Amazon also sees an opportunity to reinvigorate its reputation in the world of artificial intelligence. AWS often loses mindshare to Google, creator of the popular TensorFlow framework and Google Assistant, and to Microsoft, who heavily markets Azure’s AI features.

As developer tools become more difficult to contain, big tech is locked in an arms race to detect deepfake creations. A public challenge open to developers might just be the key to success—and a nice boost to Amazon's AI reputation.

PyTorch gets smarter on mobile devices in its pursuit to dethrone TensorFlow

PyTorch is rapidly closing the functionality gap with TensorFlow.

While TensorFlow gained an early lead as the most robust and feature-rich machine learning framework, PyTorch’s recent announcement of new mobile capabilities makes PyTorch a growing contender for software developers.

PyTorch mobile helps developers build powerful machine learning features on less powerful devices. With an all new end-to-end development workflow from Python to deployment, developers can bring advanced AI algorithms—like computer vision and natural language processing—to Android and iOS to supercharge their apps.

Using machine learning on edge devices improves security and speed while minimizing data traffic to the cloud or on networks. PyTorch needs these mobile capabilities to be a serious option for many engineering teams.

PyTorch often lags behind TensorFlow. Backed by Google, TensorFlow grew quickly and amassed unmatched popularity in the development community. AWS and Azure quickly integrated TensorFlow as a core part of their cloud offerings.

Google’s reputation as an AI juggernaut grew and TensorFlow came to dominate developer mindshare. TensorFlow became the default tool for production-grade machine learning implementations.

Still, PyTorch is growing rapidly and recovering lost ground.

First, PyTorch is growing in academics and research. PyTorch citations in research papers grew 194% in the first half of 2019 alone. Second, its cloud presence is expanding. Alibaba Cloud recently joined Amazon Web Services, Microsoft Azure, and Google Cloud as supported cloud platforms for PyTorch developers.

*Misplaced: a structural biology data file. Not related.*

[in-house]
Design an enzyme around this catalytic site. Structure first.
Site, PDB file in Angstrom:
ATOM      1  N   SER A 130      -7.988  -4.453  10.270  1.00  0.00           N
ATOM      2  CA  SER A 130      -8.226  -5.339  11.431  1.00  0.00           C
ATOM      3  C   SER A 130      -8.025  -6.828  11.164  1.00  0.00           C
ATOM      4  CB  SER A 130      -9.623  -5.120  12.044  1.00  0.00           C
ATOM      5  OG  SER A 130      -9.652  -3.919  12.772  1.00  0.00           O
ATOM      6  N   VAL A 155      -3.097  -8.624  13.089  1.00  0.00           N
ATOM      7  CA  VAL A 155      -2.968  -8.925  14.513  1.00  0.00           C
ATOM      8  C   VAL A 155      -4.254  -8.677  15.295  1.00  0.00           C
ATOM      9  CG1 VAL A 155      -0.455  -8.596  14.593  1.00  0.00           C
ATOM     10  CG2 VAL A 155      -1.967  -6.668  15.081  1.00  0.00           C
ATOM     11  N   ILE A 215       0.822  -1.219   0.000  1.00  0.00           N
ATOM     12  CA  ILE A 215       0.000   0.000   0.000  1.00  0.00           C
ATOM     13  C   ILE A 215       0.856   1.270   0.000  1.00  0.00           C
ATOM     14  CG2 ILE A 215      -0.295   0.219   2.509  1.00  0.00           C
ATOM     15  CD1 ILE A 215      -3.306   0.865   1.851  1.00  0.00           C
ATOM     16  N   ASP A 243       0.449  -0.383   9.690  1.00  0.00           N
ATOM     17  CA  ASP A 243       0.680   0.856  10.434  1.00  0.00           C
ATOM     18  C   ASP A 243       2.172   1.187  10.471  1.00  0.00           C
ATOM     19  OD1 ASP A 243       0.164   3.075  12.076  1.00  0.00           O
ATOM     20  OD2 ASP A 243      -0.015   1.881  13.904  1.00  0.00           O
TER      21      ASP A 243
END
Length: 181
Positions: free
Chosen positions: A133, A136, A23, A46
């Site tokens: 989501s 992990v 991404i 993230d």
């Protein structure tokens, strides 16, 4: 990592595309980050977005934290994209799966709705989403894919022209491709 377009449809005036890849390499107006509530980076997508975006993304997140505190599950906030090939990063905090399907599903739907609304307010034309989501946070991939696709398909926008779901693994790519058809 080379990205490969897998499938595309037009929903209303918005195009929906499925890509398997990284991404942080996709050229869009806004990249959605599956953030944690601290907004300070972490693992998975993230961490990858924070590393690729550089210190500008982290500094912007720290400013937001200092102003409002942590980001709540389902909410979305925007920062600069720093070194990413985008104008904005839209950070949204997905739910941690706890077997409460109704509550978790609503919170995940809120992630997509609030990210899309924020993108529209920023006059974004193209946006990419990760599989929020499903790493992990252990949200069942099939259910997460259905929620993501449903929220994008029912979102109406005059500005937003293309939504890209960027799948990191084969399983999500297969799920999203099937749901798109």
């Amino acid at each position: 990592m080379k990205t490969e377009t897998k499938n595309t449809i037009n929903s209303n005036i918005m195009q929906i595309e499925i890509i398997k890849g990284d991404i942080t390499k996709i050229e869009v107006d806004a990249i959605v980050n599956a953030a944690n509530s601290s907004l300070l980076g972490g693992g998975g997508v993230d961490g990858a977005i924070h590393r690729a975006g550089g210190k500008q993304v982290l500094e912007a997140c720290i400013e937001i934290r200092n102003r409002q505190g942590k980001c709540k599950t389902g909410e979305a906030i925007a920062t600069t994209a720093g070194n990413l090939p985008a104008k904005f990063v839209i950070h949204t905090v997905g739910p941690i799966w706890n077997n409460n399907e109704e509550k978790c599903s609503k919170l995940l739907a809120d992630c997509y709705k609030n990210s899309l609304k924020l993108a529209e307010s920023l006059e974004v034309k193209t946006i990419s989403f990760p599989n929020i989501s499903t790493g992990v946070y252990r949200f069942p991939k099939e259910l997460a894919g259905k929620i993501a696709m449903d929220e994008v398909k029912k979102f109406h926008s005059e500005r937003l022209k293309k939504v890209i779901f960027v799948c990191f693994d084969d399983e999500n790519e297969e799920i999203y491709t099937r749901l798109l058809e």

The next battle is for the edge developer.

While Microsoft pushes its IoT cloud platform and Google tests its Raspberry Pi-like Coral board, PyTorch might be able to hook more developers with its revamped mobile tools.

Edge computing might be a new frontier, but it could also PyTorch’s ticket to widespread adoption.

Small bytes

  • Mozilla released Firefox 70 with social tracking blocked by default, privacy reports, and performance gains. Firefox is doubling down on its privacy-first strategy [MOZILLA]
  • NordVPN was hacked after an unsecured server was compromised. NordVPN blamed the server owner [THE REGISTER]
  • Bazel, Google’s open source build and test tool, is now generally available after reaching version 1.0. With its superior speed and usability, Bazel is used by a number of big open source projects, such as TensorFlow and Angular [GOOGLE]


  • Shoulders lets you quickly view a list of open issues for the open-source packages that your project depends on [GITHUB]
  • Tina is an open-source site editing toolkit for React-based frameworks, like Gatsby & Next.js [TINA]
  • Free-for.dev is a list of software (SaaS, PaaS, IaaS, etc.) and other offerings that have free tiers for developers [FFD]
  • Pretty Quick runs Prettier on your changed files [GITHUB]
  • Lazy enables keyboard-driven commands to manage your surroundings directly from macOS [LAZY]
  • BuilderX is a browser based design tool that codes React Native and React for you [BUILDERX]